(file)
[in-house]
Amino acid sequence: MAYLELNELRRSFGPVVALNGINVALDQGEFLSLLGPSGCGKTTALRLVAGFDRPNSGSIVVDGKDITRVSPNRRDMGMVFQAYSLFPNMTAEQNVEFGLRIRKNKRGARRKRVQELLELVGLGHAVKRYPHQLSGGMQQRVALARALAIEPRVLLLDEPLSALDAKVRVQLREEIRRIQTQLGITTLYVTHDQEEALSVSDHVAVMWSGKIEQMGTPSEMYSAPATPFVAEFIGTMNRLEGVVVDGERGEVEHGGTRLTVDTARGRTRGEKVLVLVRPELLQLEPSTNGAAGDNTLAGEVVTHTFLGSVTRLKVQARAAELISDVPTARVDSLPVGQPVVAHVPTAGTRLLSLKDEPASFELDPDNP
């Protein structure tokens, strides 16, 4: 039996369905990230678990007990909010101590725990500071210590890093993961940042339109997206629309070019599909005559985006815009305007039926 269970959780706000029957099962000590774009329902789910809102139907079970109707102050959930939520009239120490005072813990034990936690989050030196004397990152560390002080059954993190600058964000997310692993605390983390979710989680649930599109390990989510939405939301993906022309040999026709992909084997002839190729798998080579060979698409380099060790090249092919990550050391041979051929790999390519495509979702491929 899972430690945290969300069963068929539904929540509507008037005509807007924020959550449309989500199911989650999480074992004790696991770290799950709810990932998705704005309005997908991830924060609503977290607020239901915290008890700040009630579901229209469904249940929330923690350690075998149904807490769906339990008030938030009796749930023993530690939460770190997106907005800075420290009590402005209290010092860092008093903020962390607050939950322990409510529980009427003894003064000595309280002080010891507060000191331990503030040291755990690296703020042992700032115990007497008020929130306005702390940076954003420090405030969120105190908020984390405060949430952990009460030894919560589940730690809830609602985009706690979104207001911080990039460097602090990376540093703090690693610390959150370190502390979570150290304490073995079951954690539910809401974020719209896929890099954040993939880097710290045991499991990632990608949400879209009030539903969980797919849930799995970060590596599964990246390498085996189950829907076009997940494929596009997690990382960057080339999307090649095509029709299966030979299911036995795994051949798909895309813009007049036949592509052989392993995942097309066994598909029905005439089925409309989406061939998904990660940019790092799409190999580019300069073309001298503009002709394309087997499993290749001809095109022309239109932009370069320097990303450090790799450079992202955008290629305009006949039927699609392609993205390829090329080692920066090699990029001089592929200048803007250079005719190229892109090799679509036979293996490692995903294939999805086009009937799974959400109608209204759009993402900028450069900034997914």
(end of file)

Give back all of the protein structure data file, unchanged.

[in-house]
Amino acid sequence: MAYLELNELRRSFGPVVALNGINVALDQGEFLSLLGPSGCGKTTALRLVAGFDRPNSGSIVVDGKDITRVSPNRRDMGMVFQAYSLFPNMTAEQNVEFGLRIRKNKRGARRKRVQELLELVGLGHAVKRYPHQLSGGMQQRVALARALAIEPRVLLLDEPLSALDAKVRVQLREEIRRIQTQLGITTLYVTHDQEEALSVSDHVAVMWSGKIEQMGTPSEMYSAPATPFVAEFIGTMNRLEGVVVDGERGEVEHGGTRLTVDTARGRTRGEKVLVLVRPELLQLEPSTNGAAGDNTLAGEVVTHTFLGSVTRLKVQARAAELISDVPTARVDSLPVGQPVVAHVPTAGTRLLSLKDEPASFELDPDNP
């Protein structure tokens, strides 16, 4: 039996369905990230678990007990909010101590725990500071210590890093993961940042339109997206629309070019599909005559985006815009305007039926 269970959780706000029957099962000590774009329902789910809102139907079970109707102050959930939520009239120490005072813990034990936690989050030196004397990152560390002080059954993190600058964000997310692993605390983390979710989680649930599109390990989510939405939301993906022309040999026709992909084997002839190729798998080579060979698409380099060790090249092919990550050391041979051929790999390519495509979702491929 899972430690945290969300069963068929539904929540509507008037005509807007924020959550449309989500199911989650999480074992004790696991770290799950709810990932998705704005309005997908991830924060609503977290607020239901915290008890700040009630579901229209469904249940929330923690350690075998149904807490769906339990008030938030009796749930023993530690939460770190997106907005800075420290009590402005209290010092860092008093903020962390607050939950322990409510529980009427003894003064000595309280002080010891507060000191331990503030040291755990690296703020042992700032115990007497008020929130306005702390940076954003420090405030969120105190908020984390405060949430952990009460030894919560589940730690809830609602985009706690979104207001911080990039460097602090990376540093703090690693610390959150370190502390979570150290304490073995079951954690539910809401974020719209896929890099954040993939880097710290045991499991990632990608949400879209009030539903969980797919849930799995970060590596599964990246390498085996189950829907076009997940494929596009997690990382960057080339999307090649095509029709299966030979299911036995795994051949798909895309813009007049036949592509052989392993995942097309066994598909029905005439089925409309989406061939998904990660940019790092799409190999580019300069073309001298503009002709394309087997499993290749001809095109022309239109932009370069320097990303450090790799450079992202955008290629305009006949039927699609392609993205390829090329080692920066090699990029001089592929200048803007250079005719190229892109090799679509036979293996490692995903294939999805086009009937799974959400109608209204759009993402900028450069900034997914």